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Anderson Cooper, like most other people, was stunned last night as he saw red spread across the map. This prompted him to ask the question, “What did everybody get wrong?”
While those on the panel couldn't come up with a good reply, it seems rural America has an answer for him.
Former New York City Mayor Rudy Giuliani, a potential pick for Trump's attorney general, claimed the one thing everyone missed was the “rural resentment against the 'Eastern arrogant establishment.'”
NBC's Chuck Todd further elaborated on that sentiment, saying that:
“Rural America is basically screaming at us, saying, 'Stop overlooking us!'”
Hillary Clinton held on strong to major urban areas, yet failed to win key states such as Florida and Pennsylvania because of Trump's strong performance among rural and blue-collar voters.
According to Giuliani, a major turning point in the campaign was when Clinton called Trump supporters “a basket of deplorables.” Giuliani said that Trump supporters are certainly not “deplorables” and while they wore the name as a badge of honor, the wound went deeper than the surface.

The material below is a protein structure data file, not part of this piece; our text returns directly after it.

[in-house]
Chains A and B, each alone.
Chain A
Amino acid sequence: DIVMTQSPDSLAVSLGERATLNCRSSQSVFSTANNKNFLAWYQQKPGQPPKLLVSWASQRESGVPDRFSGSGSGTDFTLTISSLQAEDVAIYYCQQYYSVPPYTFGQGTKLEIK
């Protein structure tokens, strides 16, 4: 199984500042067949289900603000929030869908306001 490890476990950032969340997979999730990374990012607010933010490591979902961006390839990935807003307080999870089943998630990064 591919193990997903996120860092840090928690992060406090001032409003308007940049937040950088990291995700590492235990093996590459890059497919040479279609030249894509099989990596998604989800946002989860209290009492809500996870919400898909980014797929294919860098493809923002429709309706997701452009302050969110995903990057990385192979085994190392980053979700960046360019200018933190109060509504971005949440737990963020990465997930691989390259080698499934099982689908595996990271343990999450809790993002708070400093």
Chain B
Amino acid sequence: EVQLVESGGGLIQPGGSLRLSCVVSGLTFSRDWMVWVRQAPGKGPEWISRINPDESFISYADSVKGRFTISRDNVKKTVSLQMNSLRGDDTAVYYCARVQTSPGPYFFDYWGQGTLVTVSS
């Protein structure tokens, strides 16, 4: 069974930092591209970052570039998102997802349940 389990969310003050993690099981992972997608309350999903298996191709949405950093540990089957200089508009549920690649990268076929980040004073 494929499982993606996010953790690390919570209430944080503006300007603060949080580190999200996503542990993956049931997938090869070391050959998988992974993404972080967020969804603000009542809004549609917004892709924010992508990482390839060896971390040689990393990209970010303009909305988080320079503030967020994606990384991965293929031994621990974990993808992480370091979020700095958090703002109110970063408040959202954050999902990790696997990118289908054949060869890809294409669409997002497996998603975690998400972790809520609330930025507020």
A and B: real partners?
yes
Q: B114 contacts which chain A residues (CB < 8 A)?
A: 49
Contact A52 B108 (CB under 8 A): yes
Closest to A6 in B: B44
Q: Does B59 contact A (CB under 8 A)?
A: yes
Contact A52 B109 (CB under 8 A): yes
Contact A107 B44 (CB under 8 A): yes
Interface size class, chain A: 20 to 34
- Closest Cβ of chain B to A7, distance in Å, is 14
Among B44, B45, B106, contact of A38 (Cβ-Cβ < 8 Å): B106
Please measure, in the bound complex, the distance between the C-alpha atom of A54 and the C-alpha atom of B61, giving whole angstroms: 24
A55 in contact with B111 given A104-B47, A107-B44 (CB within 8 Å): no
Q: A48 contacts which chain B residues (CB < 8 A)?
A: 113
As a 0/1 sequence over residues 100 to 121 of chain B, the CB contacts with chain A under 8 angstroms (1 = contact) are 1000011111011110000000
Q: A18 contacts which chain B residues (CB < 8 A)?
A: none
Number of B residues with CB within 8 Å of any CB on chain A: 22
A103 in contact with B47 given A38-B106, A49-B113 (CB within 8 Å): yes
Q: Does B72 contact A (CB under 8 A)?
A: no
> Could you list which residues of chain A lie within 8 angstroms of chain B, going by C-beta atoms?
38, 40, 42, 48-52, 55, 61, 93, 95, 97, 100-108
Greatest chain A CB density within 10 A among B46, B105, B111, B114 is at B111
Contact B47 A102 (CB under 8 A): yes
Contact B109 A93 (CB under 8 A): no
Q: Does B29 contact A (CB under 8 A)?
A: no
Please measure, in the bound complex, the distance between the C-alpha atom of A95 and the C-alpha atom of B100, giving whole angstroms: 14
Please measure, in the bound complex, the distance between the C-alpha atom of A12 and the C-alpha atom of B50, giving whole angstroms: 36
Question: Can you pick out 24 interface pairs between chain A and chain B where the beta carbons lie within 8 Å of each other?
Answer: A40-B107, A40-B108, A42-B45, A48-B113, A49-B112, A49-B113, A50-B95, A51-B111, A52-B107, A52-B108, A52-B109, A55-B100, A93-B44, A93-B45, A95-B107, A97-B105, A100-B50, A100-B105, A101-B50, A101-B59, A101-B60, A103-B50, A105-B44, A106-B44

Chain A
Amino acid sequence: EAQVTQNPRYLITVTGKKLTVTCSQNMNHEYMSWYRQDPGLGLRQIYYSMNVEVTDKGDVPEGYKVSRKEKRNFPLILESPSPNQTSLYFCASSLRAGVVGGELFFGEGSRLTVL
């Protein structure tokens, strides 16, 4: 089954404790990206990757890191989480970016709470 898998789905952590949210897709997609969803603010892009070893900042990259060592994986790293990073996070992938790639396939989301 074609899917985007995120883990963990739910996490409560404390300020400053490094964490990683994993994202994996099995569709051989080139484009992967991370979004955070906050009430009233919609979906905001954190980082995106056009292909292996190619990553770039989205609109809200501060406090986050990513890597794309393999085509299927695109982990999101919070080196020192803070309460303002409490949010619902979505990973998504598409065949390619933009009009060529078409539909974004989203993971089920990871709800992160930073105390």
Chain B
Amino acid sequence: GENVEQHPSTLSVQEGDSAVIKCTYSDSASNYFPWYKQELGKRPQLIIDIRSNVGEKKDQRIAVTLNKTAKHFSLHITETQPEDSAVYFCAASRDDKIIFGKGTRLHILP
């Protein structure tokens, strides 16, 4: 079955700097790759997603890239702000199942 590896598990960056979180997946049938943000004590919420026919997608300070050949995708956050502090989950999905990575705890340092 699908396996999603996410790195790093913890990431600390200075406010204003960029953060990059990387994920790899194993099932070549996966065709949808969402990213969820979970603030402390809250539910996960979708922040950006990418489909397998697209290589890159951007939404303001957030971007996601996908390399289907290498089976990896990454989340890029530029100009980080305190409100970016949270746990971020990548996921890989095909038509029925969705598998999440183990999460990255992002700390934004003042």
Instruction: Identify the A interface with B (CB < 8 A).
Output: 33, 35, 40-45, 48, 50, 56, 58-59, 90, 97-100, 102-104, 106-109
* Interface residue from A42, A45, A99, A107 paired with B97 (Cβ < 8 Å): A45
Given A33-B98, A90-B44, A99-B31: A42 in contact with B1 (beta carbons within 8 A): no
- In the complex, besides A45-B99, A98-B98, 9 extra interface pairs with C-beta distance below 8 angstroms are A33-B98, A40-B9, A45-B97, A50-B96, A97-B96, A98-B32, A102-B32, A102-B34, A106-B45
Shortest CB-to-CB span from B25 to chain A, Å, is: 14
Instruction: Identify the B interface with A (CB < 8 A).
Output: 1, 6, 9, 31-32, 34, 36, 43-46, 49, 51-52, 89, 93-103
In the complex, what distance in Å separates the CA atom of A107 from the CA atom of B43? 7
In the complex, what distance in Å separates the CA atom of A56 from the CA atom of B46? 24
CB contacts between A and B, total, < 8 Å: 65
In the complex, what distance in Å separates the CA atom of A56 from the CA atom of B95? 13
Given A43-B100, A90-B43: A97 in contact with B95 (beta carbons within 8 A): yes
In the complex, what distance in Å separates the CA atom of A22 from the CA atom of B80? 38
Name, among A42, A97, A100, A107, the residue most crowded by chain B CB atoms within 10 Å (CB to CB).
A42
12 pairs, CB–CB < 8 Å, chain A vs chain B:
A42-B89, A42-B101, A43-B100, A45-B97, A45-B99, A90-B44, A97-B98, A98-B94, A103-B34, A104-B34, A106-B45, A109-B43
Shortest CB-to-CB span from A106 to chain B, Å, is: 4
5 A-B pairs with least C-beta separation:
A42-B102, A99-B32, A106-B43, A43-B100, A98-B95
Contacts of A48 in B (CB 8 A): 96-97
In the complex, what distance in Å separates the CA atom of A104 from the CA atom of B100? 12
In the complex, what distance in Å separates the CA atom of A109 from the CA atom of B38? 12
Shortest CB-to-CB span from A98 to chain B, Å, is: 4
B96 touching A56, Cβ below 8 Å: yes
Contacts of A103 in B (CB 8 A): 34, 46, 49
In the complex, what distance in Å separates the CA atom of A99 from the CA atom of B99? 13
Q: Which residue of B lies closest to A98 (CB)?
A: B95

“They believe that's what you all think of them,” Giuliani said. “Well, they're not. They happen to be as smart and smarter than we are. They happen to work as hard and harder than we do. They happen to fight our wars and their children die for us to keep us safe. And they were fed up with how they were treated by the so-called Washington establishment.”
Trump's aggressive personality seemed to signal to voters that he would change Washington, appealing greatly to the economically-anxious, working-class voter. Trump's message of bringing manufacturing back to America resonated with these voters after experiencing years of frustration, fueled by foreign trade relations in a world that seemed to have forgotten them.
Results seem to show that many voters are done being thought of as just a “fly-over” state and took this election as a chance to have their voices heard:
The shock among the media shows that somewhere along the path of progress, the divide between the elite and the ordinary has grown ever wider.
With a world faced with a major technology revolution, the manufacturing and blue-collar jobs that many of Trump's supporters hold have started to disappear. According to data released by the Bureau of Labor Statistics, government workers now outnumber manufacturing workers, proving just how out of touch politicians may be with the “average American.”
After considering the disappearing labor force and major areas where Trump won last night, it appears Anderson Cooper has his answer.